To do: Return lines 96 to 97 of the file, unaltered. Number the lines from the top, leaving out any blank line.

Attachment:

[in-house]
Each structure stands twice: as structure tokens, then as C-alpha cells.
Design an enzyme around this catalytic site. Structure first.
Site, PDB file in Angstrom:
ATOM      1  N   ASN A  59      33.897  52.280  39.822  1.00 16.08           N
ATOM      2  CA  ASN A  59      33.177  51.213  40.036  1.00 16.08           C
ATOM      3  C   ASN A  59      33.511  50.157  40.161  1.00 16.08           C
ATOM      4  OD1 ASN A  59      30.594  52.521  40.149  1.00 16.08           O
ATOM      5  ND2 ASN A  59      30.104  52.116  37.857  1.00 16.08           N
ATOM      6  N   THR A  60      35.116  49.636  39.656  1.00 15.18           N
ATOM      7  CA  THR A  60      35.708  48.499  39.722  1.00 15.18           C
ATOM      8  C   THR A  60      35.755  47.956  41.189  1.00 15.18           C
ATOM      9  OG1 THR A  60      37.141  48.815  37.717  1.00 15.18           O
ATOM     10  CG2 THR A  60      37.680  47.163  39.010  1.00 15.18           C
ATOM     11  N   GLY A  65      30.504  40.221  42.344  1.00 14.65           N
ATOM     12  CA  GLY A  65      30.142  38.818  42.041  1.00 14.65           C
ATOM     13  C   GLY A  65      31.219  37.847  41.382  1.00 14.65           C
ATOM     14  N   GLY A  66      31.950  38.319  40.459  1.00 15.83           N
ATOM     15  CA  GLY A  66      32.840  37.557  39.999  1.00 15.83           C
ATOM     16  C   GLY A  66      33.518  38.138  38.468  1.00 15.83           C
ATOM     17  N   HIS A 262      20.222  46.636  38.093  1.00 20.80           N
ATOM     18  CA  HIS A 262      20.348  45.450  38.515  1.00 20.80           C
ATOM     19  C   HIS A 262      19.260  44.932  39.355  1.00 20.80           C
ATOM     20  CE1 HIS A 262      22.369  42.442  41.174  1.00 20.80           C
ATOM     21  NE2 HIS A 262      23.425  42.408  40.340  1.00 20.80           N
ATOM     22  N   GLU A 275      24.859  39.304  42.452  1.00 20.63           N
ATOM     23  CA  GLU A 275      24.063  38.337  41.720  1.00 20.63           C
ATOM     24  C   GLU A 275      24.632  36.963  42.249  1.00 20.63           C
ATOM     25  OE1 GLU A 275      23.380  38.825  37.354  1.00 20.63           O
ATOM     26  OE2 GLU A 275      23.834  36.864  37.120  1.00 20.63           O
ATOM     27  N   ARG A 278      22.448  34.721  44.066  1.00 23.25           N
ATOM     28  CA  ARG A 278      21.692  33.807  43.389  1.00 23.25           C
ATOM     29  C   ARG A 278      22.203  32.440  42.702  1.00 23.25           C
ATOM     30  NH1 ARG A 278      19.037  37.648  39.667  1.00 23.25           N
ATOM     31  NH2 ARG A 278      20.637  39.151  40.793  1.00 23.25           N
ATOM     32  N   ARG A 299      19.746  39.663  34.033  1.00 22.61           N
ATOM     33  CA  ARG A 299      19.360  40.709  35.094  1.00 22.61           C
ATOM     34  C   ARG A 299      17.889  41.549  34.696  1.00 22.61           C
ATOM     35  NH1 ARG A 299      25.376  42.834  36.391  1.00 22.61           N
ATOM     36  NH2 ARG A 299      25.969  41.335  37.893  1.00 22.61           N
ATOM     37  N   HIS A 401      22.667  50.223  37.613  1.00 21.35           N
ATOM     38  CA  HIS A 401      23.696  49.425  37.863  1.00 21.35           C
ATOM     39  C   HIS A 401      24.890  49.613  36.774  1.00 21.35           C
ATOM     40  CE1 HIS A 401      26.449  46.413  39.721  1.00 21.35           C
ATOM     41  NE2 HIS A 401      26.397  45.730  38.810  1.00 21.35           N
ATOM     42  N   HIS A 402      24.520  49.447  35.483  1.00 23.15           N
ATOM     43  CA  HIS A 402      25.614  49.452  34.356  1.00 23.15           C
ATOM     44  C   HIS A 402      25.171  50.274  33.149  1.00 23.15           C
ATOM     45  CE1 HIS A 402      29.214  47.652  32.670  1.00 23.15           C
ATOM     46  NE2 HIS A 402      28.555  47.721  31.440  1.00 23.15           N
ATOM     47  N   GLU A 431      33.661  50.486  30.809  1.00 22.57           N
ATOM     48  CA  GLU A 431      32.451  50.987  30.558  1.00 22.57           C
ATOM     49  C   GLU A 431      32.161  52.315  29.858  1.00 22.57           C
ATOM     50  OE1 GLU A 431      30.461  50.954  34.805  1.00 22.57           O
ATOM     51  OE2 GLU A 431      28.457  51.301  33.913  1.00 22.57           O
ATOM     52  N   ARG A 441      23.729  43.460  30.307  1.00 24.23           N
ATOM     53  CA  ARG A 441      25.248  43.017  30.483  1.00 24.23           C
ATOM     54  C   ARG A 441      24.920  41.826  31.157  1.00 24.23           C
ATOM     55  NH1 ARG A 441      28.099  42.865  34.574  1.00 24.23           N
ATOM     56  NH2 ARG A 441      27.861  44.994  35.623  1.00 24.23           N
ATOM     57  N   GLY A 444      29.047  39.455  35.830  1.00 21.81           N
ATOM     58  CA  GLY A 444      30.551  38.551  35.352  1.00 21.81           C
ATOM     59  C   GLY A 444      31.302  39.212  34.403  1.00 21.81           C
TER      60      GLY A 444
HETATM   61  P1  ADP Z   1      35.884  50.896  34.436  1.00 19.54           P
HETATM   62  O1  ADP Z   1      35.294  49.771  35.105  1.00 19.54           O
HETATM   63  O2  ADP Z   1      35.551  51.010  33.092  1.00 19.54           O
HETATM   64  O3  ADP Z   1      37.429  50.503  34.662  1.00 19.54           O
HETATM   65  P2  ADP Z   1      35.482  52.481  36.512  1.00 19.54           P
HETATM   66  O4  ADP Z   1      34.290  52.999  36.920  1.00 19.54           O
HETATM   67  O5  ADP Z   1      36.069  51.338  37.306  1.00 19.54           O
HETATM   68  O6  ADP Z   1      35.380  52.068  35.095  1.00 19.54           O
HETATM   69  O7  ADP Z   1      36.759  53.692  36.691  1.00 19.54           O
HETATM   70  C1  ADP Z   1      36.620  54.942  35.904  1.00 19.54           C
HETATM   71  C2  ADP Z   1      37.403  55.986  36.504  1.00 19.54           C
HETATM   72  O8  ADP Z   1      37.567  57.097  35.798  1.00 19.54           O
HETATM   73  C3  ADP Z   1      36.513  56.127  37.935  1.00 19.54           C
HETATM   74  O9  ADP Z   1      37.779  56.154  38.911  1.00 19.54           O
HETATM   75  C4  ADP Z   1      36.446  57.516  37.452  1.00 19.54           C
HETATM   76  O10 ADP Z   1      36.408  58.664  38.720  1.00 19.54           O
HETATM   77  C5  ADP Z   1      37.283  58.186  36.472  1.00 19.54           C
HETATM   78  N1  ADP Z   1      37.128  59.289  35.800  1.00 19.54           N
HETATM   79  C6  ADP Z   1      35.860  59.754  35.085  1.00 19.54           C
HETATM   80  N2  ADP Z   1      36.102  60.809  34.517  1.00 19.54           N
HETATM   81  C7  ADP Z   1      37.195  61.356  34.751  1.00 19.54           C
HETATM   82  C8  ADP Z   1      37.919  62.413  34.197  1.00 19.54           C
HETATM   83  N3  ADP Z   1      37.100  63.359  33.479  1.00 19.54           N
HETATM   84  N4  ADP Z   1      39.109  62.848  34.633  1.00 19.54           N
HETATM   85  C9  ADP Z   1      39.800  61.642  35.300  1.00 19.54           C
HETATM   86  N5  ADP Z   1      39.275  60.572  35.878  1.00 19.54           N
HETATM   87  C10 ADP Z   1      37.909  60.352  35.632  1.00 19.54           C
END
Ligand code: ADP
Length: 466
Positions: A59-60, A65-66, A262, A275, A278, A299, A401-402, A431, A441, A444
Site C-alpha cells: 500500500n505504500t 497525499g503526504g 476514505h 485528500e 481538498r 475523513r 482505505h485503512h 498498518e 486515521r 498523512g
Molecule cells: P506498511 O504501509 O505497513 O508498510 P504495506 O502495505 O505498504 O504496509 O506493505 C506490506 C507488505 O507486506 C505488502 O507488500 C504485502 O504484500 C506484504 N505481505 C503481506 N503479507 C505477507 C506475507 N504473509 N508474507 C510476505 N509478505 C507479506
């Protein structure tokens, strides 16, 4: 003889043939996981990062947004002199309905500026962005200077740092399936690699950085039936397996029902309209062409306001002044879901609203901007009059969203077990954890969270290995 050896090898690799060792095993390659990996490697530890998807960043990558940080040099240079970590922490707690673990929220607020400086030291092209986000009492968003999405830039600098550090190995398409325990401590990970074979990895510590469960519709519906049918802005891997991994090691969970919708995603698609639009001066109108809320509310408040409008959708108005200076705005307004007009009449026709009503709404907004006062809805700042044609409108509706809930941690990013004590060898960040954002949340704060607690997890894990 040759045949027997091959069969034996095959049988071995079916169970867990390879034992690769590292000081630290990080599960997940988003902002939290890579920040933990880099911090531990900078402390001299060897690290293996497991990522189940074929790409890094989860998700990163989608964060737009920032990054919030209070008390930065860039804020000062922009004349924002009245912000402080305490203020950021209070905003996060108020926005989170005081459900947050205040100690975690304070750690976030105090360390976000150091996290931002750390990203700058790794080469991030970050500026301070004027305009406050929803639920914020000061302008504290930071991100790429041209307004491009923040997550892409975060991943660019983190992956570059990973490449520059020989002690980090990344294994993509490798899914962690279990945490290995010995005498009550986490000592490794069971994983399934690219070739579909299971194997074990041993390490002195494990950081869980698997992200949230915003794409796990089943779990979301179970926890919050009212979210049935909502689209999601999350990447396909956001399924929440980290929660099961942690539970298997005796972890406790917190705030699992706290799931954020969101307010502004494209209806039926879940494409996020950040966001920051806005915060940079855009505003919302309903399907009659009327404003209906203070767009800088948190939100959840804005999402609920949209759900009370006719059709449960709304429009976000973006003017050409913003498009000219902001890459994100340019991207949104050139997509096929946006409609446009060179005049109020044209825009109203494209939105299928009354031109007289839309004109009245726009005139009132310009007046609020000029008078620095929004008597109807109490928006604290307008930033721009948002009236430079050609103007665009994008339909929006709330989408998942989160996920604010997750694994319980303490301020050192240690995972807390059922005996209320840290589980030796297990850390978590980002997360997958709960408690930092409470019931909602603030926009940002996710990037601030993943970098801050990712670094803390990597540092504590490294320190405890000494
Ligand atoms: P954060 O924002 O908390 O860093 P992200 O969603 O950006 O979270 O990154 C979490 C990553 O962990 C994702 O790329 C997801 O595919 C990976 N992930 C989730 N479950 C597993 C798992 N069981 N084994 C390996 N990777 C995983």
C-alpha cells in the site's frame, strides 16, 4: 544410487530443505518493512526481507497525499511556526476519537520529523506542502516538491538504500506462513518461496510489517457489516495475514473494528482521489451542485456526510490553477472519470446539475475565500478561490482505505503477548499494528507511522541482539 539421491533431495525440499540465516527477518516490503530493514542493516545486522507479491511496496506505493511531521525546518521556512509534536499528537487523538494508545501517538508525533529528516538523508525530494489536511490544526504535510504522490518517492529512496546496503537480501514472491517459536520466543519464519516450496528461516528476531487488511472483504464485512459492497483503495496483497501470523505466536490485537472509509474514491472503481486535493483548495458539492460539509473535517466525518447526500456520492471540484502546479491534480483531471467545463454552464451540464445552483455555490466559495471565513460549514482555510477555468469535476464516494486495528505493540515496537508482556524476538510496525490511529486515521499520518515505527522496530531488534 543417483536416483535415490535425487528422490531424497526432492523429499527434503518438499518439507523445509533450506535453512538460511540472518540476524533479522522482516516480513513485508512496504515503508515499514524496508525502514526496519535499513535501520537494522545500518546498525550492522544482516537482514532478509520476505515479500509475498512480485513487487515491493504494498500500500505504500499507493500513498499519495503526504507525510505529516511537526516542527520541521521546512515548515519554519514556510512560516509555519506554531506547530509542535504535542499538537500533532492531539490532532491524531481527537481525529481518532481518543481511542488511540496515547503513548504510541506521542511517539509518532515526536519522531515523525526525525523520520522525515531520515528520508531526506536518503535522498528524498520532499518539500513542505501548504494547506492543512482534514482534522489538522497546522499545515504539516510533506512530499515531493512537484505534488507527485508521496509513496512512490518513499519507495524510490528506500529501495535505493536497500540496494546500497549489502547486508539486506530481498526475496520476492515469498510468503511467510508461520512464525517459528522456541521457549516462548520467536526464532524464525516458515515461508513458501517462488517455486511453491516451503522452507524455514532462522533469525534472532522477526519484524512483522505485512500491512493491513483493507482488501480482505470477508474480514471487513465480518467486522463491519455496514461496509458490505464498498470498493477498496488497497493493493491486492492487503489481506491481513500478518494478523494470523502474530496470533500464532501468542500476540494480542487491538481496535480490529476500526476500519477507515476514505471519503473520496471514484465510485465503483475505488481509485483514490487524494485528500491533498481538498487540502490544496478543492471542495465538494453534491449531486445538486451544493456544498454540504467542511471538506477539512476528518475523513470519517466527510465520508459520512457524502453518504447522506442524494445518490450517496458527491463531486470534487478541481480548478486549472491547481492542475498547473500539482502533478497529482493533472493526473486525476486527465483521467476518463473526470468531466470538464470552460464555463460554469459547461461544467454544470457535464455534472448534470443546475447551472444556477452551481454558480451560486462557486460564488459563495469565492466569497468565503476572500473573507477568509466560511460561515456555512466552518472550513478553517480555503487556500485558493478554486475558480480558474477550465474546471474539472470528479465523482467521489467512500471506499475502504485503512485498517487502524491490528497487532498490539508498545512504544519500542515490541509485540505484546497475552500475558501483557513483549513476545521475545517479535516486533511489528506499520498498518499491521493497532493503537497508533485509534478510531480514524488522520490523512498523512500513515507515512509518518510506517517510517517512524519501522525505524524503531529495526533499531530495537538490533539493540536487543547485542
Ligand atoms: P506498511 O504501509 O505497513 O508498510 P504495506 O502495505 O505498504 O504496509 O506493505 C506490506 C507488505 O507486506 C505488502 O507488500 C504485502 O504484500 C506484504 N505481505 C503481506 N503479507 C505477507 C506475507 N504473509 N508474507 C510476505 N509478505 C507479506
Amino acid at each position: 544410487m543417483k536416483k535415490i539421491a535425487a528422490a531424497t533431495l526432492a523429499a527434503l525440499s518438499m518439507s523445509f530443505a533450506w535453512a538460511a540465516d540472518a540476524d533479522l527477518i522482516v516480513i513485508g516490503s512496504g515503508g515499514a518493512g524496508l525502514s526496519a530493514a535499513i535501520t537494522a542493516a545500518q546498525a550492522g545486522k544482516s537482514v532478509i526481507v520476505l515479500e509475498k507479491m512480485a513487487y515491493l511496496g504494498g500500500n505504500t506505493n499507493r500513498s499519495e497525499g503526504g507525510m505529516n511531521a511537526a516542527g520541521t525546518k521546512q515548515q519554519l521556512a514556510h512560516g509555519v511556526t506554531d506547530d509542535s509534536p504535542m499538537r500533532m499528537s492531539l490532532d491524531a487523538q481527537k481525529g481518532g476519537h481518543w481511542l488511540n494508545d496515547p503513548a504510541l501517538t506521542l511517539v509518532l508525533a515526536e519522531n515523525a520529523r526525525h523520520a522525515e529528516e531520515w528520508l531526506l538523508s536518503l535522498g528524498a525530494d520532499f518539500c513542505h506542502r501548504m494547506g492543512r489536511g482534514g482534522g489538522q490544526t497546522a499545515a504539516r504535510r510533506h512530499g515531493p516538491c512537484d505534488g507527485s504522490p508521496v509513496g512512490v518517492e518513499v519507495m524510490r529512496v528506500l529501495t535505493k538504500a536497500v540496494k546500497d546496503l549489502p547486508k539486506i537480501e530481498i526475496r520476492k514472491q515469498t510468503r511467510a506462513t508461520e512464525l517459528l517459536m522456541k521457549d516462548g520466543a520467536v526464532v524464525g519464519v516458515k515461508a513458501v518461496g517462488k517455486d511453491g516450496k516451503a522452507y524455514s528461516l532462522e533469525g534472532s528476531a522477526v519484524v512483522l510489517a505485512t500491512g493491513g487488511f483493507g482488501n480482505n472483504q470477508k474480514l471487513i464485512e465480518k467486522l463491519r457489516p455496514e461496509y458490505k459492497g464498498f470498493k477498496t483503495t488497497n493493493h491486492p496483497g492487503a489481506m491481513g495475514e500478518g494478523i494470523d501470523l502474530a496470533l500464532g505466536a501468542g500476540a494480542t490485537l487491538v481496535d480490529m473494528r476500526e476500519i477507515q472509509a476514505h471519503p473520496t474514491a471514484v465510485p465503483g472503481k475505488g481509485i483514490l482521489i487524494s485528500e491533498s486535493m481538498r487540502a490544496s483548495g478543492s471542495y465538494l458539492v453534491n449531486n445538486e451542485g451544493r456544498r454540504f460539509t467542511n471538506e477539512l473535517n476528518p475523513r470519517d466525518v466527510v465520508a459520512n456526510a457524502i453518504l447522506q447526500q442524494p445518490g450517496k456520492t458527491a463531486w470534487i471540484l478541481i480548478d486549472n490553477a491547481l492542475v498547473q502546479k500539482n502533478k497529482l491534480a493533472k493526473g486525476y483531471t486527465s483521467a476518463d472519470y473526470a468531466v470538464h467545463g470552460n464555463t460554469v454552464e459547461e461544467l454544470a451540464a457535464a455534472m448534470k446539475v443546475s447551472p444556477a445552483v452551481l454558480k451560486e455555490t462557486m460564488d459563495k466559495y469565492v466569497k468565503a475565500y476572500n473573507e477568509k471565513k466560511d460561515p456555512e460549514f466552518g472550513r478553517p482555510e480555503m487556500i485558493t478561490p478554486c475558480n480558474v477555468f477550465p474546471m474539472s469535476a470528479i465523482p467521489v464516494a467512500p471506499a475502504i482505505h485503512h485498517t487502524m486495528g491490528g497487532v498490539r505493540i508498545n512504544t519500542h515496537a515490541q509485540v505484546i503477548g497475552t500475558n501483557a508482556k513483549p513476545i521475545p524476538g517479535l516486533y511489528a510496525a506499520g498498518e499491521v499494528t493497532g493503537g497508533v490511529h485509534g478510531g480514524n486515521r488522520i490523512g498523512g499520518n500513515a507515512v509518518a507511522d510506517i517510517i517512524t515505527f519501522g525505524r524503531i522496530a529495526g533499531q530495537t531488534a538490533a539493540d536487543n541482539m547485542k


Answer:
Site C-alpha cells: 500500500n505504500t 497525499g503526504g 476514505h 485528500e 481538498r 475523513r 482505505h485503512h 498498518e 486515521r 498523512g
Molecule cells: P506498511 O504501509 O505497513 O508498510 P504495506 O502495505 O505498504 O504496509 O506493505 C506490506 C507488505 O507486506 C505488502 O507488500 C504485502 O504484500 C506484504 N505481505 C503481506 N503479507 C505477507 C506475507 N504473509 N508474507 C510476505 N509478505 C507479506